• Lossy formats: .mp3 audio file, .jpeg image file
  • Lossless formats: .wav audio file, .tiff image file

 

Things to consider when choosing a file format:

  • How you plan to analyse your data
  • Which software and file formats you and your colleagues have used in the past
  • Any discipline specific norms or technical standards
  • Whether file formats are at risk of obsolescence because of their dependence on a particular technology.
  • Which formats are best to use for the long-term preservation of data
  • Whether important information might be lost by converting between different formats
  • The possibility of embedding metadata that describes content within the file itself, e.g. creator information, variable names and labels

Sometimes it is useful to store your data using one format for data collection and analysis and also in a more open or accessible format for sharing or archiving once your project is complete. If it is your intention to share your data our chosen Archive or Repository will likely have recommended file formats based on best practice within the disciplines they support.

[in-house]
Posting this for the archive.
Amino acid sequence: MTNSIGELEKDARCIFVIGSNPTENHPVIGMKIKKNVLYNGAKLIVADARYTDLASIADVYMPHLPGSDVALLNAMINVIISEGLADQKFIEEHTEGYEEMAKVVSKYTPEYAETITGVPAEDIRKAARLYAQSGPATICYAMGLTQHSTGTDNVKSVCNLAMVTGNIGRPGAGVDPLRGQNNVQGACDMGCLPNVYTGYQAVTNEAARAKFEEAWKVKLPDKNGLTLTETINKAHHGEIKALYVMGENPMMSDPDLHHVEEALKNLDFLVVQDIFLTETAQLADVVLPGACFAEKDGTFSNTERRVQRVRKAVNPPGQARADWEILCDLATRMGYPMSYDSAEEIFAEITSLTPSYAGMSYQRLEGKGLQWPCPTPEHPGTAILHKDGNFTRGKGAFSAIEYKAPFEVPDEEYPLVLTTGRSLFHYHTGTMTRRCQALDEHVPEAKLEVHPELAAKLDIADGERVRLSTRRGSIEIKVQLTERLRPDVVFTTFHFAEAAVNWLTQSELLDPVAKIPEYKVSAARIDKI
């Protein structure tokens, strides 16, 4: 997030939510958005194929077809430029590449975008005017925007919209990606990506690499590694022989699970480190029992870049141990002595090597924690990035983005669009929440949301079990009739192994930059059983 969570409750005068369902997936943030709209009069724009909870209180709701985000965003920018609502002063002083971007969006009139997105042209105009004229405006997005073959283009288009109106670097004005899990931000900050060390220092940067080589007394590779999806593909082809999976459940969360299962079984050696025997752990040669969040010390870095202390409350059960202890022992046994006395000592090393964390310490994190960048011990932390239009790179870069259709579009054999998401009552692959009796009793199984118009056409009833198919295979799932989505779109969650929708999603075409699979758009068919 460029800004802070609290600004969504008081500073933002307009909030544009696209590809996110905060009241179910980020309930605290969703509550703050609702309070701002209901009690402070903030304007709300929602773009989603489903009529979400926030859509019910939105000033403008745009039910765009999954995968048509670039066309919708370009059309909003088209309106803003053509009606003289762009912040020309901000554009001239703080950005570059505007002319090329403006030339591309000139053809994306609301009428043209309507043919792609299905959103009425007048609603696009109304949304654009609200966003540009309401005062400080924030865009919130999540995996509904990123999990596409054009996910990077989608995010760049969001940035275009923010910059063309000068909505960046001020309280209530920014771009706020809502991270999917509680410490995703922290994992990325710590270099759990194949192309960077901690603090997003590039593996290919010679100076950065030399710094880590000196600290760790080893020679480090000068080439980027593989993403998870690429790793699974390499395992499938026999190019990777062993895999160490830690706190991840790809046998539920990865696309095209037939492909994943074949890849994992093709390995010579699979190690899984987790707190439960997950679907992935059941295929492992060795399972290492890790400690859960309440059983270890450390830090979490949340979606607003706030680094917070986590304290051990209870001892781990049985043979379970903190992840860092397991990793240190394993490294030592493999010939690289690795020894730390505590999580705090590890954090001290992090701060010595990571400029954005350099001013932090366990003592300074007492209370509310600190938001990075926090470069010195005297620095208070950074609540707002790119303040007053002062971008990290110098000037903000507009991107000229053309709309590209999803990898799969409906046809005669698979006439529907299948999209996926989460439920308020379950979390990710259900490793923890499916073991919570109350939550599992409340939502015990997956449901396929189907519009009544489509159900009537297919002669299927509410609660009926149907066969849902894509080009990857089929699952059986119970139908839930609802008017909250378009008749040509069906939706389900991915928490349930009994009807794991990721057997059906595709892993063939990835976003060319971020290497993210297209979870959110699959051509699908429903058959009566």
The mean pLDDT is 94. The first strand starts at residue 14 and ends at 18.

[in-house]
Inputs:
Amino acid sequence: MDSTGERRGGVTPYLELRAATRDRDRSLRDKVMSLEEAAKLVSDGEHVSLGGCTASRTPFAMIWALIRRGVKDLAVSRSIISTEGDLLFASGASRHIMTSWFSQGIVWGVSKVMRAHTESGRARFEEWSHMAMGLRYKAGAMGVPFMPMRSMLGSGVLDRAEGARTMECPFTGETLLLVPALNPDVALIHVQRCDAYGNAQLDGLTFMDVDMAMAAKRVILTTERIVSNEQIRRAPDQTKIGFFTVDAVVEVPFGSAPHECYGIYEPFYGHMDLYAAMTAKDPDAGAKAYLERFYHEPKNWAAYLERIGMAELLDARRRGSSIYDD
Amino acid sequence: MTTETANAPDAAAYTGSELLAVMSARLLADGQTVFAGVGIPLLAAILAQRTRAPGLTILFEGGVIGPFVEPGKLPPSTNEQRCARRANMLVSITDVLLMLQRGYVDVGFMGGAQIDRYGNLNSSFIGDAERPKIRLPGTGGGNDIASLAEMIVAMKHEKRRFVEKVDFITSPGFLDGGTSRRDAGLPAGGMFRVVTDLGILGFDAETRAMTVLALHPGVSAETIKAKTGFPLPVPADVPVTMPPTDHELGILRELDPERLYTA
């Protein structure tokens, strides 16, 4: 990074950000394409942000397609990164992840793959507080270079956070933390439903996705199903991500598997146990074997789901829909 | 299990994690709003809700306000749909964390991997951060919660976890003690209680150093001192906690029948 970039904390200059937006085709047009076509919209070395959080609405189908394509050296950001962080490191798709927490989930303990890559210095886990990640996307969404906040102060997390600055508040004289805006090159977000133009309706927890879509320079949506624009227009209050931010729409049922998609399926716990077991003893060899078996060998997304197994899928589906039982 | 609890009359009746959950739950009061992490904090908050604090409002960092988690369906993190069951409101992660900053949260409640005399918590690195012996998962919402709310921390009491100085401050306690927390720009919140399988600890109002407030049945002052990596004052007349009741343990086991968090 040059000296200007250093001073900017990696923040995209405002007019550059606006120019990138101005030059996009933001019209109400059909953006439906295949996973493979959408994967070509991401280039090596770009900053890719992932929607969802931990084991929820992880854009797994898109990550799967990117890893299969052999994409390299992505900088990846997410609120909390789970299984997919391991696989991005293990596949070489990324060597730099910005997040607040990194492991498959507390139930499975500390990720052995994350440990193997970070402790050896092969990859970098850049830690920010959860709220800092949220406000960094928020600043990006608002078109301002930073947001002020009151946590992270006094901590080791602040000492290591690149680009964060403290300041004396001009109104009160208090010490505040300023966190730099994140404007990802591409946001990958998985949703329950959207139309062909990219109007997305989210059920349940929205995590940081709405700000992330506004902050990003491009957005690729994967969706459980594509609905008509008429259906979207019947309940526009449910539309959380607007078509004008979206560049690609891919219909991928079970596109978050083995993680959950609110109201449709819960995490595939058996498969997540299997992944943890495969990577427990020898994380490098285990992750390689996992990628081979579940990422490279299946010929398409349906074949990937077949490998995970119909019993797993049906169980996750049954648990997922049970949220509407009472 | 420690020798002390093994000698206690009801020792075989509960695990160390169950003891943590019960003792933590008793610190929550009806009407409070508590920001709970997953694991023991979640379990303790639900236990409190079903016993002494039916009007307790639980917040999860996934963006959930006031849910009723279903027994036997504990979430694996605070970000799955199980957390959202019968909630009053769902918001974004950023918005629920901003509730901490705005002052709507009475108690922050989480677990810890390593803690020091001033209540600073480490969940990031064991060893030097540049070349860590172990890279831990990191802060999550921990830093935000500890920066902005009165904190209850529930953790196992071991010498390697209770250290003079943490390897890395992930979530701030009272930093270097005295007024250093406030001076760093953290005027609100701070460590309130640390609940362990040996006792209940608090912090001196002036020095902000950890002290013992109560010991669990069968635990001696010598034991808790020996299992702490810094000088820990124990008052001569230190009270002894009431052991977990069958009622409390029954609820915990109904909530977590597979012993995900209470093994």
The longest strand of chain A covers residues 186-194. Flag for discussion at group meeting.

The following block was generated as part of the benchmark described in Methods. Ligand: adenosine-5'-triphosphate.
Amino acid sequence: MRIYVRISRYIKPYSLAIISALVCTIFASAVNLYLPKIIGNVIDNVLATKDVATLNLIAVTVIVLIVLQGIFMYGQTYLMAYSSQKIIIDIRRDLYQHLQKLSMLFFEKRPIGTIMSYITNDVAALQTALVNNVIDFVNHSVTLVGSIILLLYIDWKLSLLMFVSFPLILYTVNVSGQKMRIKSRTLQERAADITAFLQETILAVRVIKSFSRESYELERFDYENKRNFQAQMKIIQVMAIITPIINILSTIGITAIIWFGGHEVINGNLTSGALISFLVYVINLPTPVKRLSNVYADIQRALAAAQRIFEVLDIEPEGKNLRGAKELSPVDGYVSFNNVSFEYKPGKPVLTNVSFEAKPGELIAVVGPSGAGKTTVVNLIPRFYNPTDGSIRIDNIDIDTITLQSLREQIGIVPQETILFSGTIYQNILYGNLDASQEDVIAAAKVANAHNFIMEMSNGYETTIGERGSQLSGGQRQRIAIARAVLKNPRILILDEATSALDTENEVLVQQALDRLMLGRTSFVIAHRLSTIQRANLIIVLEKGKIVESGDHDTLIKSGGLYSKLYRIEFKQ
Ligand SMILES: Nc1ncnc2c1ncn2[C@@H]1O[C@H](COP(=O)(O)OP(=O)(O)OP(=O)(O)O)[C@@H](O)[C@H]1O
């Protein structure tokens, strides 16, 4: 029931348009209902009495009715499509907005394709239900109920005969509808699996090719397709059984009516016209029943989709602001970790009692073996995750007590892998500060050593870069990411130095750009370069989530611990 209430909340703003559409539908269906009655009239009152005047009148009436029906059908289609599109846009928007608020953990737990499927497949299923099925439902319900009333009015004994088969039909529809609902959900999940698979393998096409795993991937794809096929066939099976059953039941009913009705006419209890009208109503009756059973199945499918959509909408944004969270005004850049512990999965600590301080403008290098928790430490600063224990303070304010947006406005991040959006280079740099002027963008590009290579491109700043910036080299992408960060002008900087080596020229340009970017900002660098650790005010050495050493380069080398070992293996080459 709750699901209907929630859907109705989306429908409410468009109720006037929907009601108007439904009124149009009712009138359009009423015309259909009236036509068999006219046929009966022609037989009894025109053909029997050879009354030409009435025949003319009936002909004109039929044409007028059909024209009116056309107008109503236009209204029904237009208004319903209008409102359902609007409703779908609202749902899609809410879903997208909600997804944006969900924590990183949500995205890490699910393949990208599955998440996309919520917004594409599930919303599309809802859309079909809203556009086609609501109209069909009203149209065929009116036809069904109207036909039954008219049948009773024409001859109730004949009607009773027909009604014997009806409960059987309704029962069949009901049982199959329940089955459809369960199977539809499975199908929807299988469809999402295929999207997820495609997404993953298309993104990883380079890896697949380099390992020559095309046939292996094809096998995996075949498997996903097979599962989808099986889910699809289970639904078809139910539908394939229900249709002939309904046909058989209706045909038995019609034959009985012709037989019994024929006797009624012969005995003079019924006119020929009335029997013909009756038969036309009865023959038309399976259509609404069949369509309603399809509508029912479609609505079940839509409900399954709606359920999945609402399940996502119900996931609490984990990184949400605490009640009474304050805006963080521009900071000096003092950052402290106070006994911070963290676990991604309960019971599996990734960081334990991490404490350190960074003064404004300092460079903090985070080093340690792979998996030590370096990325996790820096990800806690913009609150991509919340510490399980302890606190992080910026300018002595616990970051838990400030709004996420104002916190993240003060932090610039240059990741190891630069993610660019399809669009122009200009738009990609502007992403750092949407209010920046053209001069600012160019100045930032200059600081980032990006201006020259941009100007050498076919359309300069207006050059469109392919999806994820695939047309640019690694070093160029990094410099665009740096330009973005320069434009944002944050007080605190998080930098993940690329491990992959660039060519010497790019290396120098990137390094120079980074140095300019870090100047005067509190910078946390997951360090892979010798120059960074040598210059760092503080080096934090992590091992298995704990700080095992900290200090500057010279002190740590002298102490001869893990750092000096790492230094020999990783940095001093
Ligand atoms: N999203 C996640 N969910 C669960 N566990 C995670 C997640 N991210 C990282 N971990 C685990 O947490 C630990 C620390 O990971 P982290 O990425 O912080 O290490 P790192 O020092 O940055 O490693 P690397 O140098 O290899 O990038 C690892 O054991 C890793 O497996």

Choosing a File Format: Useful Resources

If you aren't aware of any standards within your discipline the following is a good reference point:

  • Textual data: eXtensible Mark-up Language (XML) text according to an appropriate Document Type Definition (DTD) or schema (.xml), Plain text data, ASCII (.txt), PDF/A (.pdf, Archival PDF)
  • Tabular data with extensive metadata: Delimited text and command ('setup') file (SPSS, Stata, SAS, etc.) containing metadata information
  • Tabular data with minimal metadata (including spreadsheets): Comma-separated values (CSV) file (.csv)
  • Databases: eXtensible Mark-up Language (XML) text according to an appropriate Document Type Definition (DTD) or schema (.xml), Comma-separated values (CSV) file (.csv)
  • Images: TIFF version 6 uncompressed (.tif), JPEG (.jpeg, .jpg) (note: JPEGS are a 'lossy' format which lose information when re-saved, so only use them if you are not concerned about image quality)
  • Audio: Free Lossless Audio Codec (FLAC) (.flac), Waveform Audio Format (WAV) (.wav), MPEG-1 Audio Layer 3 (.mp3) but only if created in this format